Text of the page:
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Meet Sherisa Moore & the Mama Glow & BirthNet Community Doulas Supporting Births in Albany, New York

Bintou Diarra, A.B | Medical Anthropology, Brown University | March 27, 2024

The United States’ maternal health crisis is growing worse with time. The persistence of the issue of maternal mortality in a high-income country unfortunately means that high spending does not contribute to better health outcomes for women and birthing people. In New York’s Capital District region, a growing number of birth workers are turning to historical roots to tackle issues of today, and they’re using models of care that exist in the absence of money. In Spring of 2023 Mama Glow welcomed its first cohort of community doulas in the Capital District in a move to improve maternal and infant health outcomes in Albany and beyond. The group of doulas joined the Mama Glow Doula Homeschool Professional Training Program online. 

Birth justice non-profit BirthNet helped fund over twenty five local community members and University of Albany students scholarships through fundraising and grants to promote a team of doulas that are diverse, experienced, and qualified to support families in various birth settings, including home, and hospital births. We caught up with a few of the community doulas to talk about their work, and how they’ve honored the principles of their doula training with Mama Glow. For full-spectrum doula Sherisa Moore, RN, MSN, MA, IBCLC, the practicum program catalyzed ancestral healing and heightened ancestral knowledge, all while filling gaps in institutional knowledge. “As a registered nurse, the program touched on women’s anatomy in such great detail that I learned new things. Important things may I add that were never taught while in nursing school.”

Sherisa’s personal identities enabled her to come to the work with an appreciation for the teachings on mental and behavioral health. “The one thing that stuck out to me the most about Mama Glow is support for mental health. I read about birth worker burnout and that struck me personally as a healthcare worker,” she said. The Mama Glow Foundation captured the institutional and interpersonal shortcomings contributing to burnout in the Practicing Doula Experiences Survey earlier this year.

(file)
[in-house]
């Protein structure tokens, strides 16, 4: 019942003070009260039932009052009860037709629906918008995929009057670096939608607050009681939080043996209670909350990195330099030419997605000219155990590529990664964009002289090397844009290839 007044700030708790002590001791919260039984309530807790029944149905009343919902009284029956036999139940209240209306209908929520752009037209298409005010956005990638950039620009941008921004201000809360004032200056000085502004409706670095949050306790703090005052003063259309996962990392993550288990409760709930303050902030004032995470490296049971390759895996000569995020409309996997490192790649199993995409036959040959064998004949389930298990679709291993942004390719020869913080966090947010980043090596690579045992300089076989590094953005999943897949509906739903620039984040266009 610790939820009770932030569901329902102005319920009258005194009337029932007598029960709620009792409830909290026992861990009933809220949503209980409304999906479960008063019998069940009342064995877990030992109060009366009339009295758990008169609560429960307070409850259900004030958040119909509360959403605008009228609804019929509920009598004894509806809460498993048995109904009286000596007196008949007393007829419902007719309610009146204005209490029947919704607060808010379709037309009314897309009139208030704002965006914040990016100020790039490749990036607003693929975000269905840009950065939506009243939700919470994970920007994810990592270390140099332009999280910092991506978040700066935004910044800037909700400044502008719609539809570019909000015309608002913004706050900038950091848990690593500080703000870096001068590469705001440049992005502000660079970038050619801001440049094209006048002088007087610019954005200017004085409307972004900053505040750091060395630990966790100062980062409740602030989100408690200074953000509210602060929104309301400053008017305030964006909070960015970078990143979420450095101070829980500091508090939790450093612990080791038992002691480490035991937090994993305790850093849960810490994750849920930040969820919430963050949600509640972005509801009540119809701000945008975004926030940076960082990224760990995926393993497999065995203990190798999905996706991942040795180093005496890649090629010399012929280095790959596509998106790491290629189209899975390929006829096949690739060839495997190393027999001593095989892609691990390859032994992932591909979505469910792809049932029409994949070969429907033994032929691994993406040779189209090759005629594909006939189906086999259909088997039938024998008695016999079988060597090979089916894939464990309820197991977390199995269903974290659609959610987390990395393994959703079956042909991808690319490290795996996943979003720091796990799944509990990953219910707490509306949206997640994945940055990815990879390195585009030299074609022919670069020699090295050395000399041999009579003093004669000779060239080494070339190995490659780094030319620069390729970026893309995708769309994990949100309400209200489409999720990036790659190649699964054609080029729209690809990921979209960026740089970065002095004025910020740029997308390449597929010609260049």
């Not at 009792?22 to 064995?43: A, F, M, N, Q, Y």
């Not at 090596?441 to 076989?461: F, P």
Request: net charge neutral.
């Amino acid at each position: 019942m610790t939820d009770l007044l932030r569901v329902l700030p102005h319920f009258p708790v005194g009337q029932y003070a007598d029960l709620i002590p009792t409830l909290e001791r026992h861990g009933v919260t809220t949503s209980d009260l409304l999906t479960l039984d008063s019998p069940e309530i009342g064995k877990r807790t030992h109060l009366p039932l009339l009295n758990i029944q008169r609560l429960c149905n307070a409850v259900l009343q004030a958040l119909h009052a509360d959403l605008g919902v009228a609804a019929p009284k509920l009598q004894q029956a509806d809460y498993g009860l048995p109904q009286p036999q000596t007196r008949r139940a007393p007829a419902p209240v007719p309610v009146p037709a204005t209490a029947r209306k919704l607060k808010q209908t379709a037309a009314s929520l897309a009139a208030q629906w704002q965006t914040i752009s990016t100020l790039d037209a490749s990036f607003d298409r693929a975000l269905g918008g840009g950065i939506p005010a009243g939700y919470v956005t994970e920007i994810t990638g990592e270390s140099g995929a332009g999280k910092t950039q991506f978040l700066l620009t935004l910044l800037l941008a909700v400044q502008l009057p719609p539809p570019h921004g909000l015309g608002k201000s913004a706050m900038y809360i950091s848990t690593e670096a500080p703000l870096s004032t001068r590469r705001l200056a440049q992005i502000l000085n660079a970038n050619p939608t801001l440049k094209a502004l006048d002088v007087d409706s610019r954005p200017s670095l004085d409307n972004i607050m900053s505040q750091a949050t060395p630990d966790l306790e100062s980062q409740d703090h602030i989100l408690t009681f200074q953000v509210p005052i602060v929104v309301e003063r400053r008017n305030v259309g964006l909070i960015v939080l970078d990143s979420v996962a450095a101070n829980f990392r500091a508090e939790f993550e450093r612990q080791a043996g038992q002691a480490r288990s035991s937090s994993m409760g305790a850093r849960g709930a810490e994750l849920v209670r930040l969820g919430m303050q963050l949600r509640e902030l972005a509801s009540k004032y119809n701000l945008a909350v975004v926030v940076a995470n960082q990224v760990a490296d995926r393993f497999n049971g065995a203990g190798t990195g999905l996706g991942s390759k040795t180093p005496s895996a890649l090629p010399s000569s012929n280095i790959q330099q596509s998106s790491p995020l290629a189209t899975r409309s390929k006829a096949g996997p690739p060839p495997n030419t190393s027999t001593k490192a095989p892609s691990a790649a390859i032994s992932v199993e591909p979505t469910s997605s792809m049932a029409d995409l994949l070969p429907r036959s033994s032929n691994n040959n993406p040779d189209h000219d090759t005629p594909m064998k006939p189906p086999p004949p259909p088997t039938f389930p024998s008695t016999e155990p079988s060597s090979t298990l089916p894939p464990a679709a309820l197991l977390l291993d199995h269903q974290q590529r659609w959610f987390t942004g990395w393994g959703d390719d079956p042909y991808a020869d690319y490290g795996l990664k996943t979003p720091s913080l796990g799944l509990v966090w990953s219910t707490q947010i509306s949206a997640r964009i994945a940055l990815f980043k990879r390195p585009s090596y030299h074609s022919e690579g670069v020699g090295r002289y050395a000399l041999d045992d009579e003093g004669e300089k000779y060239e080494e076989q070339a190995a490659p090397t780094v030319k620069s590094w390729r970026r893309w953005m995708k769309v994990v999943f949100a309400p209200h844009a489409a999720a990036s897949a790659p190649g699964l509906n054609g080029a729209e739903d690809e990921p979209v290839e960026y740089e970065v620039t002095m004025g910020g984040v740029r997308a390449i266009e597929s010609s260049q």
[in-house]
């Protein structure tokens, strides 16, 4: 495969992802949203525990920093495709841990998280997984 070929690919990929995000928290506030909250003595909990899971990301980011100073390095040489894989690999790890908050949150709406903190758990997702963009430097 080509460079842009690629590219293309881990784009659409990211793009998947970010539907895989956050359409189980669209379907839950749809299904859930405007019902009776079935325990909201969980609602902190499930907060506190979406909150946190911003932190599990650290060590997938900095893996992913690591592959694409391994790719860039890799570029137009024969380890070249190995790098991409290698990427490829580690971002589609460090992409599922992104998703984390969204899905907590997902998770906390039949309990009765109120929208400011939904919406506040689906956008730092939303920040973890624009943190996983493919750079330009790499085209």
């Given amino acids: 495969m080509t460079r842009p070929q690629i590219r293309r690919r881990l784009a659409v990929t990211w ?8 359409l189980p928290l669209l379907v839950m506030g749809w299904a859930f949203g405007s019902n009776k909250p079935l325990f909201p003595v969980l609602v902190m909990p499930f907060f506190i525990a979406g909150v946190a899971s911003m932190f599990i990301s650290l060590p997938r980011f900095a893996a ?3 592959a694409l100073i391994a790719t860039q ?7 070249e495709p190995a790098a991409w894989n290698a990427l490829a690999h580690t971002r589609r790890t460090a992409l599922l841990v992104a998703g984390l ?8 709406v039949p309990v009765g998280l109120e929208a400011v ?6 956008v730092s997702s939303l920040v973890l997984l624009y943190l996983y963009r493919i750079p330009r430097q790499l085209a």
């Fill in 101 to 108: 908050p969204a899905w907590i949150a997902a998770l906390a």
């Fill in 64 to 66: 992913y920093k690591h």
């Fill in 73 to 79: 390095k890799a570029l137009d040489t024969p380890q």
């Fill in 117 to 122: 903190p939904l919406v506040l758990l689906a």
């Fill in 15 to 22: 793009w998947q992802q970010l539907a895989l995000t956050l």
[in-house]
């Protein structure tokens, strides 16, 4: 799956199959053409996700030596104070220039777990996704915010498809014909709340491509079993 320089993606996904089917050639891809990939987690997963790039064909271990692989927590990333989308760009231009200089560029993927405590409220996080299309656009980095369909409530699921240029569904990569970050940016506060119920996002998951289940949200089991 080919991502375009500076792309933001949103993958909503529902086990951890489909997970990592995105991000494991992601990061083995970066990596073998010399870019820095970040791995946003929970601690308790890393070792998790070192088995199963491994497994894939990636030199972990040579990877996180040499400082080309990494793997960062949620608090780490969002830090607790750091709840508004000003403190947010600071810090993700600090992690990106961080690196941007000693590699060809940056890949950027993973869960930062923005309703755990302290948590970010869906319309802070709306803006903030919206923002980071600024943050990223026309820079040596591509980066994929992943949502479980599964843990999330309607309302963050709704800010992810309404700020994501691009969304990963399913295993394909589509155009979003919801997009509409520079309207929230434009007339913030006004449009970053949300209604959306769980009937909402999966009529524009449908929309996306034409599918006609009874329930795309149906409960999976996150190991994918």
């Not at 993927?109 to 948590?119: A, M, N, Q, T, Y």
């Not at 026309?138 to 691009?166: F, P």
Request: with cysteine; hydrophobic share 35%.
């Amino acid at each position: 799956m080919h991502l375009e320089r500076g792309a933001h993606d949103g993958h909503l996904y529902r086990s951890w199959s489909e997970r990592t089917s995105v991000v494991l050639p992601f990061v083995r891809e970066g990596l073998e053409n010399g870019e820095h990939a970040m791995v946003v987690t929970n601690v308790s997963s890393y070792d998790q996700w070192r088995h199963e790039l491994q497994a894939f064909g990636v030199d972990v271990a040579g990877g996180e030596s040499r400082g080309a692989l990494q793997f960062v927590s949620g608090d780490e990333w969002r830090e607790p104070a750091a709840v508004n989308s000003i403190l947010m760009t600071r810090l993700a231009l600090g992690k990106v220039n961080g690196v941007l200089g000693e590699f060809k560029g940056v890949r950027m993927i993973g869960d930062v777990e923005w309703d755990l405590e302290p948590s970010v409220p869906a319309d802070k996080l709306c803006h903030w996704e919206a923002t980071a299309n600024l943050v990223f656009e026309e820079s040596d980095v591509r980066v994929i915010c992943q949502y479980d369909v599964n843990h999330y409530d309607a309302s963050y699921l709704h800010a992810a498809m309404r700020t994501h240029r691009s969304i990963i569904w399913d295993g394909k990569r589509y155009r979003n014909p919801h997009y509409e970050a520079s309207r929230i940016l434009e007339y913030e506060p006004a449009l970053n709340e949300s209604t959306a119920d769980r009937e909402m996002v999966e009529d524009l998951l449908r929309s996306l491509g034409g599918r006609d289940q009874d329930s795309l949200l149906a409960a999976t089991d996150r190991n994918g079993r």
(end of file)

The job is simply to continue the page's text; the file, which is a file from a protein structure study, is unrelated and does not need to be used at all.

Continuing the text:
Like Sherisa, many of the doulas juggle many hats. “As nurses, we are never taught how to support ourselves from being burnt out, especially since Covid happened. As a black woman, I also see burn out differently than possibly my other counterparts, and that was new to me. I love that Mama Glow focused on healing oneself before giving to others.” Equally notable to Sherisa is the work the Mama Glow Foundation is doing to drive policy changes that will guarantee doulas a livable wage.

The embodied practices also resonated with Sherisa. “I see me bringing movement and more breath work to my practice as a Doula. I find that that helps increase the bond you have with a client and helps them to process within themselves as well as into birth ultimately bringing that work into parenthood.” She explained that the most notable parts were the beginning, where they did meditation, the breathwork led by Mama Glow Founder Latham Thomas, and the ritualistic ending. “ Each training day was a joy to attend and help me to pause in life and work within myself. I also left meeting a bunch of great like-minded individuals. So my take from it is the importance of healing, you can not give to others with any empty cup.“

The training fits neatly within Sherisa’s path. “I’m a registered nurse of 13 years. I’ve been working in the medical field for 20+ years. I’m a lactation consultant and a Reiki level two practitioner. I’ve been a Doula for 3+ years, specifically supporting high risk maternity clients as my background is working with preterm infants in the NICU. I actually feel like I’m in the teaching phase of my work. I really enjoy educating and teaching all the things that I’ve been learning.  I see myself as a mentor for newer doulas.”

Since the training, Sherisa has committed to being a supportive educator to new doulas in search of mentorship. In addition to her pre-existing projects, she leads workshops to assist doulas in finding their niche within the sphere of birth work.

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